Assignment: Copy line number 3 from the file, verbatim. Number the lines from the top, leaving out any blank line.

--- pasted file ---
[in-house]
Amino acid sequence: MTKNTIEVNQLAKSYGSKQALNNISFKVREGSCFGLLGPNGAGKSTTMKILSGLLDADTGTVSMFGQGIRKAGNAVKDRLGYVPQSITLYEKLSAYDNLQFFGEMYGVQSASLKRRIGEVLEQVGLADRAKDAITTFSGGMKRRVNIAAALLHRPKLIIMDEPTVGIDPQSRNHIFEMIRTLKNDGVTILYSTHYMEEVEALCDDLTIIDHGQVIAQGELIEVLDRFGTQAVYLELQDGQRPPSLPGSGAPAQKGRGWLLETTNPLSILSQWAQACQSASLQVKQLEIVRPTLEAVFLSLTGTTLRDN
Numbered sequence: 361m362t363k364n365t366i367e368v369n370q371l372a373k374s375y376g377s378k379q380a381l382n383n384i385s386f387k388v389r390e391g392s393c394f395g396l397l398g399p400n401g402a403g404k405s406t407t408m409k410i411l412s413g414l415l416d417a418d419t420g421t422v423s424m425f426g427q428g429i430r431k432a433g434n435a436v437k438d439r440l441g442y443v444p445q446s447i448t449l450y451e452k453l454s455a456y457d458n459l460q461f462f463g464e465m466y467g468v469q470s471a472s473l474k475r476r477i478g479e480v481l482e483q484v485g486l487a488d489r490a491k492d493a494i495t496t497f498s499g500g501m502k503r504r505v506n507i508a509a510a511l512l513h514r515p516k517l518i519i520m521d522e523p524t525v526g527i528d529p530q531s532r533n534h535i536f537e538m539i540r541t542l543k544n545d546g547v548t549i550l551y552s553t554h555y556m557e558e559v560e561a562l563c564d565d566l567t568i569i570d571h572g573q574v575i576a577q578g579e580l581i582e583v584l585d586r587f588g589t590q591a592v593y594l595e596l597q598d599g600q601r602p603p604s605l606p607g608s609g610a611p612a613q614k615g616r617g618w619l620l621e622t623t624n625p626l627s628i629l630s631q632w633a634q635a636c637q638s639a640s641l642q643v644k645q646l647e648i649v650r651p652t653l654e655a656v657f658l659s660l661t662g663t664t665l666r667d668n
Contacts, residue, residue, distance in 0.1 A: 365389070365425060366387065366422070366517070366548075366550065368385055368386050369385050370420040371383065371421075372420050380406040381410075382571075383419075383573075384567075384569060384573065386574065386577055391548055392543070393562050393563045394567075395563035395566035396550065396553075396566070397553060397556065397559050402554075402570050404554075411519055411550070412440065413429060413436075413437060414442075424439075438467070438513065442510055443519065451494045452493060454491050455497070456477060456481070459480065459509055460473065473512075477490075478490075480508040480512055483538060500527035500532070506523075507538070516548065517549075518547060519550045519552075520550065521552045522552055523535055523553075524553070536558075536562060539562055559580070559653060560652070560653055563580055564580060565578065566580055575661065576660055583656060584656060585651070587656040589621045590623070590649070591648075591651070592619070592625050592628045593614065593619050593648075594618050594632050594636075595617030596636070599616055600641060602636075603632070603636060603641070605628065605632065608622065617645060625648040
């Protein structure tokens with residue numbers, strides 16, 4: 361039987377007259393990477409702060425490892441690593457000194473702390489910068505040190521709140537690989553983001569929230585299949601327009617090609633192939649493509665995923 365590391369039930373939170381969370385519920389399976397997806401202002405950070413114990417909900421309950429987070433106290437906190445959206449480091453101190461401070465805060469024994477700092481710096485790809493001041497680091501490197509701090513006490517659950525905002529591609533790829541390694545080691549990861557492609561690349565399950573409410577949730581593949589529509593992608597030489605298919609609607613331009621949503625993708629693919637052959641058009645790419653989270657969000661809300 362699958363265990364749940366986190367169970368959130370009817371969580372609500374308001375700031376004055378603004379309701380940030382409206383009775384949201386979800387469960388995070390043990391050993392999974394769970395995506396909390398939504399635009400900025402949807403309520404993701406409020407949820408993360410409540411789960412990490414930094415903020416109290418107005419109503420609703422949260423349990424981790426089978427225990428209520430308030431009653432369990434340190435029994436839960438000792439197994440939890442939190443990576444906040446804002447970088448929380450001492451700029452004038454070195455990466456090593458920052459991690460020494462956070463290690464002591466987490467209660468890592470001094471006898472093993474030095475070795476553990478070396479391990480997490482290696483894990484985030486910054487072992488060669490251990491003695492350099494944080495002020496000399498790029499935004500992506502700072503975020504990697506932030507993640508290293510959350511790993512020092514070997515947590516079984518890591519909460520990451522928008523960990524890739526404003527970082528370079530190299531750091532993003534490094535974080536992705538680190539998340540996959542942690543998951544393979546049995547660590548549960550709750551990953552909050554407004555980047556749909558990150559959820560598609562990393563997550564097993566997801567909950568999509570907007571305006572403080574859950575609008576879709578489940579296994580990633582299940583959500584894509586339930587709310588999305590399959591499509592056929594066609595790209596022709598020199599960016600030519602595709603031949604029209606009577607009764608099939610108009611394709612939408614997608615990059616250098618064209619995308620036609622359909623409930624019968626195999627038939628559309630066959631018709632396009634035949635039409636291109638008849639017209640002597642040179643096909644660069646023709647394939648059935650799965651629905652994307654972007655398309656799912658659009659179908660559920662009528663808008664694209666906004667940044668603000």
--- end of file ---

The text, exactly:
Numbered sequence: 361m362t363k364n365t366i367e368v369n370q371l372a373k374s375y376g377s378k379q380a381l382n383n384i385s386f387k388v389r390e391g392s393c394f395g396l397l398g399p400n401g402a403g404k405s406t407t408m409k410i411l412s413g414l415l416d417a418d419t420g421t422v423s424m425f426g427q428g429i430r431k432a433g434n435a436v437k438d439r440l441g442y443v444p445q446s447i448t449l450y451e452k453l454s455a456y457d458n459l460q461f462f463g464e465m466y467g468v469q470s471a472s473l474k475r476r477i478g479e480v481l482e483q484v485g486l487a488d489r490a491k492d493a494i495t496t497f498s499g500g501m502k503r504r505v506n507i508a509a510a511l512l513h514r515p516k517l518i519i520m521d522e523p524t525v526g527i528d529p530q531s532r533n534h535i536f537e538m539i540r541t542l543k544n545d546g547v548t549i550l551y552s553t554h555y556m557e558e559v560e561a562l563c564d565d566l567t568i569i570d571h572g573q574v575i576a577q578g579e580l581i582e583v584l585d586r587f588g589t590q591a592v593y594l595e596l597q598d599g600q601r602p603p604s605l606p607g608s609g610a611p612a613q614k615g616r617g618w619l620l621e622t623t624n625p626l627s628i629l630s631q632w633a634q635a636c637q638s639a640s641l642q643v644k645q646l647e648i649v650r651p652t653l654e655a656v657f658l659s660l661t662g663t664t665l666r667d668n